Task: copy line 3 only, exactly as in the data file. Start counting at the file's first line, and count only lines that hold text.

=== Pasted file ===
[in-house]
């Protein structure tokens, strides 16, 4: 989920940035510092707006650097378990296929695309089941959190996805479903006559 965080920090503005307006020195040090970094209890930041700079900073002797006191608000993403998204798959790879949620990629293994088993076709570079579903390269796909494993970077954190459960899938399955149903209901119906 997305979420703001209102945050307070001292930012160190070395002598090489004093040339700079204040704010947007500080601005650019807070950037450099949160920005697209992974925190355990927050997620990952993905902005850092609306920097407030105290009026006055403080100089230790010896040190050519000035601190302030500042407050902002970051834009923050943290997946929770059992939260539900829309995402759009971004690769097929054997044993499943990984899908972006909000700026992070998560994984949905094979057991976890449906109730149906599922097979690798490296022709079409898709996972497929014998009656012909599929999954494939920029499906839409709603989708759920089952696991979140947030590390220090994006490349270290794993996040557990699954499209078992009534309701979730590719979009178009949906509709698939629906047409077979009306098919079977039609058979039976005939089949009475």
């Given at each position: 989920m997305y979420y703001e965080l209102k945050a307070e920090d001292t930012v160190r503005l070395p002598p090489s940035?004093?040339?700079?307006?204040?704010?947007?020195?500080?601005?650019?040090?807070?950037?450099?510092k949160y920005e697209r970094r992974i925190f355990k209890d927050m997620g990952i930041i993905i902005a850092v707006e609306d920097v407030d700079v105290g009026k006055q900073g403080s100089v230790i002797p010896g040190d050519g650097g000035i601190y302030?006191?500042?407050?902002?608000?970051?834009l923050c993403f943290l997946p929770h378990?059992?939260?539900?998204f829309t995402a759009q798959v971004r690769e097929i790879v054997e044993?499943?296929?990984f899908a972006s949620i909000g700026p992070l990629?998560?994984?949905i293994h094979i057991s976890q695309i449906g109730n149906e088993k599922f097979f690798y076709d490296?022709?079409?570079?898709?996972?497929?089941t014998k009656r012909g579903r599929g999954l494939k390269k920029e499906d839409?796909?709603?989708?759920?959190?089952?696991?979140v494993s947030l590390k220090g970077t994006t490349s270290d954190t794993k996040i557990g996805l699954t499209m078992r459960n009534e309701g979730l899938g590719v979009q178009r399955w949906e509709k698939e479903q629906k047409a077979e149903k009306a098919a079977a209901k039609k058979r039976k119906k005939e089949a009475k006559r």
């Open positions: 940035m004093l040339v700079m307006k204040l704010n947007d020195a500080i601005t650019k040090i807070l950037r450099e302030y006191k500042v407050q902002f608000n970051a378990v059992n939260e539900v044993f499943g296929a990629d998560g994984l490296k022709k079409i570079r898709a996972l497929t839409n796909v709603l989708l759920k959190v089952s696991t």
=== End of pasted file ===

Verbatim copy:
């Given at each position: 989920m997305y979420y703001e965080l209102k945050a307070e920090d001292t930012v160190r503005l070395p002598p090489s940035?004093?040339?700079?307006?204040?704010?947007?020195?500080?601005?650019?040090?807070?950037?450099?510092k949160y920005e697209r970094r992974i925190f355990k209890d927050m997620g990952i930041i993905i902005a850092v707006e609306d920097v407030d700079v105290g009026k006055q900073g403080s100089v230790i002797p010896g040190d050519g650097g000035i601190y302030?006191?500042?407050?902002?608000?970051?834009l923050c993403f943290l997946p929770h378990?059992?939260?539900?998204f829309t995402a759009q798959v971004r690769e097929i790879v054997e044993?499943?296929?990984f899908a972006s949620i909000g700026p992070l990629?998560?994984?949905i293994h094979i057991s976890q695309i449906g109730n149906e088993k599922f097979f690798y076709d490296?022709?079409?570079?898709?996972?497929?089941t014998k009656r012909g579903r599929g999954l494939k390269k920029e499906d839409?796909?709603?989708?759920?959190?089952?696991?979140v494993s947030l590390k220090g970077t994006t490349s270290d954190t794993k996040i557990g996805l699954t499209m078992r459960n009534e309701g979730l899938g590719v979009q178009r399955w949906e509709k698939e479903q629906k047409a077979e149903k009306a098919a079977a209901k039609k058979r039976k119906k005939e089949a009475k006559r």